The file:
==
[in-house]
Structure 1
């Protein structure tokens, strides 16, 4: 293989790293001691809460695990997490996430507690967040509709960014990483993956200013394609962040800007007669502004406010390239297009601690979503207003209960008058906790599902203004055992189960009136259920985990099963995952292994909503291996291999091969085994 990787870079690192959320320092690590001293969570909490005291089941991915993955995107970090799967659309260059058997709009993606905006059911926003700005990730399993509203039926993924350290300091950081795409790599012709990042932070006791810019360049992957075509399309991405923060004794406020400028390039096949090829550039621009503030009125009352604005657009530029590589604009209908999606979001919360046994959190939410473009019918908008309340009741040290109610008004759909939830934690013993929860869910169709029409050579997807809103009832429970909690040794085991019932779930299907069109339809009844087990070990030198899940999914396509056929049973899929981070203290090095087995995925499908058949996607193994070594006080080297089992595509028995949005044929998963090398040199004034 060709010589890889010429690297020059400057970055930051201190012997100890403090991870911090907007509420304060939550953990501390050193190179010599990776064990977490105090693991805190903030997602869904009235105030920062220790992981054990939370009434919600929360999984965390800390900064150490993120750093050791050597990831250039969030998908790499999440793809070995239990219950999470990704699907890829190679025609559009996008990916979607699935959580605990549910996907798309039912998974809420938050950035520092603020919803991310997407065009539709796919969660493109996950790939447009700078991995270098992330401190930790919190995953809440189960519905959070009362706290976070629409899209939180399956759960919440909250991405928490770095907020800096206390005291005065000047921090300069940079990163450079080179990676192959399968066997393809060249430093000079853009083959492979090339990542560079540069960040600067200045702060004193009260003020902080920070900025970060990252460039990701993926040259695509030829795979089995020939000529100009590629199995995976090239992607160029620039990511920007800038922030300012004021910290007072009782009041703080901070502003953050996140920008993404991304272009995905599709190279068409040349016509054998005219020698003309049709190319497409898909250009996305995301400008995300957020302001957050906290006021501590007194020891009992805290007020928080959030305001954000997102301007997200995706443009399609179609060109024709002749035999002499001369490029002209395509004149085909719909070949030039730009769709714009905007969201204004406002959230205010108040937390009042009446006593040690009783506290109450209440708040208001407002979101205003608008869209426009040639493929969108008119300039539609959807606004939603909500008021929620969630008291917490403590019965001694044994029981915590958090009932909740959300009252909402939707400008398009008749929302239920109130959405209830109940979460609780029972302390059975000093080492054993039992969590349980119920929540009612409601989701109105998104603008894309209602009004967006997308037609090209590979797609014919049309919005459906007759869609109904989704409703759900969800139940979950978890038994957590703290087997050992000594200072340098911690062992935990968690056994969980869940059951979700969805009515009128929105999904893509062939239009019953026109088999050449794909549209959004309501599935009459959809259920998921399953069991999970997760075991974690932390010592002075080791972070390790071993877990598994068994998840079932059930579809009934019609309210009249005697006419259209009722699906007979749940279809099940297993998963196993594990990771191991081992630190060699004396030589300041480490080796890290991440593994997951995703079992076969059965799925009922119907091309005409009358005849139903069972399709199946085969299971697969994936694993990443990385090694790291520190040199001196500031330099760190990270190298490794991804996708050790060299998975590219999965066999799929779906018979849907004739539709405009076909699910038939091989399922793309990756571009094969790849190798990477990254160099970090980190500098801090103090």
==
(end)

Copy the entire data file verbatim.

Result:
[in-house]
Structure 1
């Protein structure tokens, strides 16, 4: 293989790293001691809460695990997490996430507690967040509709960014990483993956200013394609962040800007007669502004406010390239297009601690979503207003209960008058906790599902203004055992189960009136259920985990099963995952292994909503291996291999091969085994 990787870079690192959320320092690590001293969570909490005291089941991915993955995107970090799967659309260059058997709009993606905006059911926003700005990730399993509203039926993924350290300091950081795409790599012709990042932070006791810019360049992957075509399309991405923060004794406020400028390039096949090829550039621009503030009125009352604005657009530029590589604009209908999606979001919360046994959190939410473009019918908008309340009741040290109610008004759909939830934690013993929860869910169709029409050579997807809103009832429970909690040794085991019932779930299907069109339809009844087990070990030198899940999914396509056929049973899929981070203290090095087995995925499908058949996607193994070594006080080297089992595509028995949005044929998963090398040199004034 060709010589890889010429690297020059400057970055930051201190012997100890403090991870911090907007509420304060939550953990501390050193190179010599990776064990977490105090693991805190903030997602869904009235105030920062220790992981054990939370009434919600929360999984965390800390900064150490993120750093050791050597990831250039969030998908790499999440793809070995239990219950999470990704699907890829190679025609559009996008990916979607699935959580605990549910996907798309039912998974809420938050950035520092603020919803991310997407065009539709796919969660493109996950790939447009700078991995270098992330401190930790919190995953809440189960519905959070009362706290976070629409899209939180399956759960919440909250991405928490770095907020800096206390005291005065000047921090300069940079990163450079080179990676192959399968066997393809060249430093000079853009083959492979090339990542560079540069960040600067200045702060004193009260003020902080920070900025970060990252460039990701993926040259695509030829795979089995020939000529100009590629199995995976090239992607160029620039990511920007800038922030300012004021910290007072009782009041703080901070502003953050996140920008993404991304272009995905599709190279068409040349016509054998005219020698003309049709190319497409898909250009996305995301400008995300957020302001957050906290006021501590007194020891009992805290007020928080959030305001954000997102301007997200995706443009399609179609060109024709002749035999002499001369490029002209395509004149085909719909070949030039730009769709714009905007969201204004406002959230205010108040937390009042009446006593040690009783506290109450209440708040208001407002979101205003608008869209426009040639493929969108008119300039539609959807606004939603909500008021929620969630008291917490403590019965001694044994029981915590958090009932909740959300009252909402939707400008398009008749929302239920109130959405209830109940979460609780029972302390059975000093080492054993039992969590349980119920929540009612409601989701109105998104603008894309209602009004967006997308037609090209590979797609014919049309919005459906007759869609109904989704409703759900969800139940979950978890038994957590703290087997050992000594200072340098911690062992935990968690056994969980869940059951979700969805009515009128929105999904893509062939239009019953026109088999050449794909549209959004309501599935009459959809259920998921399953069991999970997760075991974690932390010592002075080791972070390790071993877990598994068994998840079932059930579809009934019609309210009249005697006419259209009722699906007979749940279809099940297993998963196993594990990771191991081992630190060699004396030589300041480490080796890290991440593994997951995703079992076969059965799925009922119907091309005409009358005849139903069972399709199946085969299971697969994936694993990443990385090694790291520190040199001196500031330099760190990270190298490794991804996708050790060299998975590219999965066999799929779906018979849907004739539709405009076909699910038939091989399922793309990756571009094969790849190798990477990254160099970090980190500098801090103090």